It goes without saying that the sum of SWatH’s parts don’t hold a candle to the vastly different Once Upon a Time, though I do think Kristen Stewart could take li’l Mary Margaret in a fair fight, either in Storybrooke or in her original homeland. And yet, despite the flaws it evinces as it attempts to dazzle with medieval warfare and to rely upon the power of its stars without arming them sufficiently, I’m convinced it’s still better than Mirror, Mirror, sight unseen.

(I’d love to step out further and compare all of them unfavorably to Bill Willingham’s Fables, but I’m at least five volumes behind the present, having dramatically paused months ago at volume thirteen, The Great Fables Crossover. Eventually I’ll attempt to move forward on that.)

Countdown: Four Weeks Until US Release of Last Ten Unspoiled Minutes of “Prometheus”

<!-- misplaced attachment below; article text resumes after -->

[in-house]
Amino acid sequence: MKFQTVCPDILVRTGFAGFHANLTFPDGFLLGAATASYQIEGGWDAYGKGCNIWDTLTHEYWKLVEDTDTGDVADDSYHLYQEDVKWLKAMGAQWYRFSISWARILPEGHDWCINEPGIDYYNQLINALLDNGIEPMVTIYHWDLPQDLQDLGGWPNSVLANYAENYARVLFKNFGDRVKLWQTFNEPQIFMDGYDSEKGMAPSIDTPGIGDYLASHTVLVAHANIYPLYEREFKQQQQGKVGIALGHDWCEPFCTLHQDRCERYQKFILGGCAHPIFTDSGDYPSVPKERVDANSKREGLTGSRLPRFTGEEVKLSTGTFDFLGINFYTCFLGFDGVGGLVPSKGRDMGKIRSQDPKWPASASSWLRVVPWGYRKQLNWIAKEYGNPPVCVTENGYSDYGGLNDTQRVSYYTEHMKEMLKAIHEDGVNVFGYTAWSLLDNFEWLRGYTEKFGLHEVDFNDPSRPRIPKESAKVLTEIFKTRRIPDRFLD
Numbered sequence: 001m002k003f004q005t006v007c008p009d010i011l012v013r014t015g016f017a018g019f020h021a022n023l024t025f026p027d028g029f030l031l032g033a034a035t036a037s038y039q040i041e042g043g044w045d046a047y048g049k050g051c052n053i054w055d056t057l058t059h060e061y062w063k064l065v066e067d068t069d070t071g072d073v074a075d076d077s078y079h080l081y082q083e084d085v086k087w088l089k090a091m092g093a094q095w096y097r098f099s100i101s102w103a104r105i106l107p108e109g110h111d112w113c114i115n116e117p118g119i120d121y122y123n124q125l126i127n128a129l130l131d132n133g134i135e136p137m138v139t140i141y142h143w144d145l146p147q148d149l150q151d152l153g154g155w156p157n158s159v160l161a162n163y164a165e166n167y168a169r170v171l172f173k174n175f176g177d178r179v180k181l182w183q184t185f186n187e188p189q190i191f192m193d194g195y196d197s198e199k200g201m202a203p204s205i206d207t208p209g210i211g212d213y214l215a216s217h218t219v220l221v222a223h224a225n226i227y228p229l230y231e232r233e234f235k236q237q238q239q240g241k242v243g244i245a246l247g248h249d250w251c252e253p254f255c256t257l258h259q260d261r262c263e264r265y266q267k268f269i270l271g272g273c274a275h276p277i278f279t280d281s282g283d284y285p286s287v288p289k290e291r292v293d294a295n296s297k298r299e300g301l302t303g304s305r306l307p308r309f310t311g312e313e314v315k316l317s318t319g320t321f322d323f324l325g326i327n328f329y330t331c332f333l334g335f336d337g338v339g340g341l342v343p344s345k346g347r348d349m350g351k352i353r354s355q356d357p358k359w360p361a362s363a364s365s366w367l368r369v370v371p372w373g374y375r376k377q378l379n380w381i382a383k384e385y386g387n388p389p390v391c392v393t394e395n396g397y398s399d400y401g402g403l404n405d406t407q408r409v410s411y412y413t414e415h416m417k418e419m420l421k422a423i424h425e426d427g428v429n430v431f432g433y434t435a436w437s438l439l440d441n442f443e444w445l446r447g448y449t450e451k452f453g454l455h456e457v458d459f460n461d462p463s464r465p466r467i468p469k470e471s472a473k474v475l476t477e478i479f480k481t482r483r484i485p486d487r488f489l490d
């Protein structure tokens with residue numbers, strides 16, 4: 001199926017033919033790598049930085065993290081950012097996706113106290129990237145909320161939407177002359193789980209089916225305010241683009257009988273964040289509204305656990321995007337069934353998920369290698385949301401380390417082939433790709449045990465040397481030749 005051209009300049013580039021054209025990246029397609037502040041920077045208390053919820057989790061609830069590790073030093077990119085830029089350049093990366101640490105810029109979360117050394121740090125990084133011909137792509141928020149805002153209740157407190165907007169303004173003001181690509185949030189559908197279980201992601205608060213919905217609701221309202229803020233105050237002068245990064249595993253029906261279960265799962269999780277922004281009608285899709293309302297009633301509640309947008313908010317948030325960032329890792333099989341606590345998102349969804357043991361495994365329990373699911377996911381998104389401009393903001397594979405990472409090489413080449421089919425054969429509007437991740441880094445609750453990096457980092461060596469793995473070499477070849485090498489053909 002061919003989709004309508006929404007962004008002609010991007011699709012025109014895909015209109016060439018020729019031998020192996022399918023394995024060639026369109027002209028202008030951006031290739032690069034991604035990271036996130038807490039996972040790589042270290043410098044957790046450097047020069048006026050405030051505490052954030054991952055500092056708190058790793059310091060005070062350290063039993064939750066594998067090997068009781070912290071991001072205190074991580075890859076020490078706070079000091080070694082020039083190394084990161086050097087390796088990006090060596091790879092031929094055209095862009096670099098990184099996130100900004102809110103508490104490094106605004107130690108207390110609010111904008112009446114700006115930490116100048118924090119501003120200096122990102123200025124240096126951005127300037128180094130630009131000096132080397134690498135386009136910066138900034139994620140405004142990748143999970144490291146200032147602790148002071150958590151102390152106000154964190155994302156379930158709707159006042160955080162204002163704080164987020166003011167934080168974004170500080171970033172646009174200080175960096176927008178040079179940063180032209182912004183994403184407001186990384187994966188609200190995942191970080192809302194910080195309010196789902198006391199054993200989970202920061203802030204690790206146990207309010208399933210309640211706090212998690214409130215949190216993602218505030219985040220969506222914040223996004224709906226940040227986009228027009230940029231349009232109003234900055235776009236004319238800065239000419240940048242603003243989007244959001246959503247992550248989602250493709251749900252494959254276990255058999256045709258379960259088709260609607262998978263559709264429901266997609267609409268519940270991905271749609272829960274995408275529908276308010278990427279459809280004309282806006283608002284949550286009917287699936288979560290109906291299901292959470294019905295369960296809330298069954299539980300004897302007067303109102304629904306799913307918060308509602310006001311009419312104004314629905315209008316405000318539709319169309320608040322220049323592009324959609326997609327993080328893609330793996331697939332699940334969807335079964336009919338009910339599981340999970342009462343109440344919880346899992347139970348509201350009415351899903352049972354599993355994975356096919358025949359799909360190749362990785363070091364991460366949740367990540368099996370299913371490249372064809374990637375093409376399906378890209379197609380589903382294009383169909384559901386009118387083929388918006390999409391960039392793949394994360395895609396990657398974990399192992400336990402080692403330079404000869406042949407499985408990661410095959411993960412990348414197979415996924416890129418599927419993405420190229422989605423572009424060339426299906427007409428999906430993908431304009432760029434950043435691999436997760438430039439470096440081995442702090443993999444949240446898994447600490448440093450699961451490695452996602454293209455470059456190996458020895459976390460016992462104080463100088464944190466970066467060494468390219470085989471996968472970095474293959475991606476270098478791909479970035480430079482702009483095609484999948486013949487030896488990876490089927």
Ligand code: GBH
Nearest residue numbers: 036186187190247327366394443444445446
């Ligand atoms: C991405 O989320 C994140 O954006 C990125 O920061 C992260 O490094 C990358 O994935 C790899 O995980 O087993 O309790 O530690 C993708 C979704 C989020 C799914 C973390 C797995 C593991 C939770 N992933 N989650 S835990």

Ridley Scott’s newest science fiction milestone commands the cover of the May 18th issue of Entertainment Weekly, whose sidebars in previous issues about the Alien prequel/spinoff/homage/whatever may already have said too much. If the official American trailers, several international trailers, viral-marketing future DVD extras, epic-length WikiPedia entry, and half-baked rumor sites haven’t whetted your appetite for advance knowledge (true or false), EW’s article also reveals which character is not quite human, which ones are corporate toadies, and which one is our primary protagonist. Along with those Dell-logic-problem clues, factor in the Hollywood pecking order of Academy Award Winner Charlize Theron, Academy Award Nominee Young Magneto, Lisbeth Salander Prime, Stringer Bell, Leonard Shelby, two male unknowns, and one female unknown. Savvy viewers should be able to calculate their order of elimination in the finished product with a margin of error of ±1 corpse.